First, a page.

In this example, we are going to format content of Person.Address table that has spatial column SpatialLocation in GeoJSON format using FOR JSON clause.

Then, converting GeoJSON to Geography types:

New OPENJSON function in SQL Server 2016 enables you to parse and load GeoJSON text into SQL Server spatial types.

In this example, I will load GeoJSON text that contains a set of bike share locations in Washington DC. GeoJSON sample is provided ESRI and it can be found in https://github.com/Esri/geojson-layer-js/blob/master/data/dc-bike-share.json

Check them out.

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Parallel Horizontal

Erik Darling looks at operators which result in serial plans:

In the past, there were a number of things that caused entire plans, or sections of plans, to be serial. Scalar UDFs are probably the first one everyone thinks of. They’re bad. Really bad. They’re so bad that if you define a computed column with a scalar UDF, every query that hits the table will run serially even if you don’t select that column. So, like, don’t do that.

What else causes perfectly parallel plan performance plotzing?

Commenting on one of his comments, I can name at least one good reason to use a table variable.

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VLFs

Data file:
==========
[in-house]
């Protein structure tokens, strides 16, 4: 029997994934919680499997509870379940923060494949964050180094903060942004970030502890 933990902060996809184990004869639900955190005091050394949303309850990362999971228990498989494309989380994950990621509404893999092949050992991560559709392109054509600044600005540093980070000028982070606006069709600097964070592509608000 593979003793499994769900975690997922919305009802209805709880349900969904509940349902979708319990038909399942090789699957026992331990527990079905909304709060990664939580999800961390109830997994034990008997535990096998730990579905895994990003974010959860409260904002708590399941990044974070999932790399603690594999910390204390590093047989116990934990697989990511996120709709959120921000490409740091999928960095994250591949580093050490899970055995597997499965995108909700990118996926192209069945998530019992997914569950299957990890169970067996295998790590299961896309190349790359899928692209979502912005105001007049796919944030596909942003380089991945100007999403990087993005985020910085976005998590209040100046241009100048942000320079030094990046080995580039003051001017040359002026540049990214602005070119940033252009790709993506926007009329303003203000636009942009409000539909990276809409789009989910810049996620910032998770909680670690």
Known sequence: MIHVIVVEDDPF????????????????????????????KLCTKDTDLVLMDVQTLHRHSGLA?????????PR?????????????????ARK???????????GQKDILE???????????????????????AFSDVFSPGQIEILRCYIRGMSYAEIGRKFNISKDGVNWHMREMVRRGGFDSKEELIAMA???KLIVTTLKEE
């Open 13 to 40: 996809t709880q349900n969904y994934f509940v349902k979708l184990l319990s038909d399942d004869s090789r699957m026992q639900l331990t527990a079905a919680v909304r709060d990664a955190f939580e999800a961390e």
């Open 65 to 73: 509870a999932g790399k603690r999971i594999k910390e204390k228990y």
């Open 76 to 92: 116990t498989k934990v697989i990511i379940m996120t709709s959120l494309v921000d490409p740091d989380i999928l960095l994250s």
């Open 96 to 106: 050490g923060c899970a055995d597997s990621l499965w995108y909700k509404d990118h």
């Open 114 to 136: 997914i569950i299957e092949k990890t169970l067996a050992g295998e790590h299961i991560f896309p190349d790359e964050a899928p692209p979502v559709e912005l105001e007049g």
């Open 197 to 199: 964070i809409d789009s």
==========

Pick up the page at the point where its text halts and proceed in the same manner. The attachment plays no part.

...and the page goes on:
Tom Roush talks VLFs, changes in DBCC LOGINFO, and Availability Groups:

Turns out SQL 2008R2 (where the original script worked) returns different fields than 2012 and 2014 (where it didn’t).

I figured I didn’t want to find out which version of the script to use every time I needed to run it on a server, so I told the script to figure that out by itself, and then run the appropriate hunk of code (example below)

This is a good explanation of how to back out of a complex situation.

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Change Azure SQL Database Compatibility Level

Tom LaRock shows us how to change the compatibility level of an Azure SQL Database:

You can change the compatibility level of an Azure SQL Database.

It’s true! I know!

OK, so I’m a little excited about this one. See, I’ve been giving this talk on cardinality for the past couple of years now, so this is a hidden gem to me. When I found out this was possible I took out my demo scripts to see if changing the compatibility level would have any effect.

This is interesting, especially given that Management Studio doesn’t give you that option.  Know your T-SQL, folks.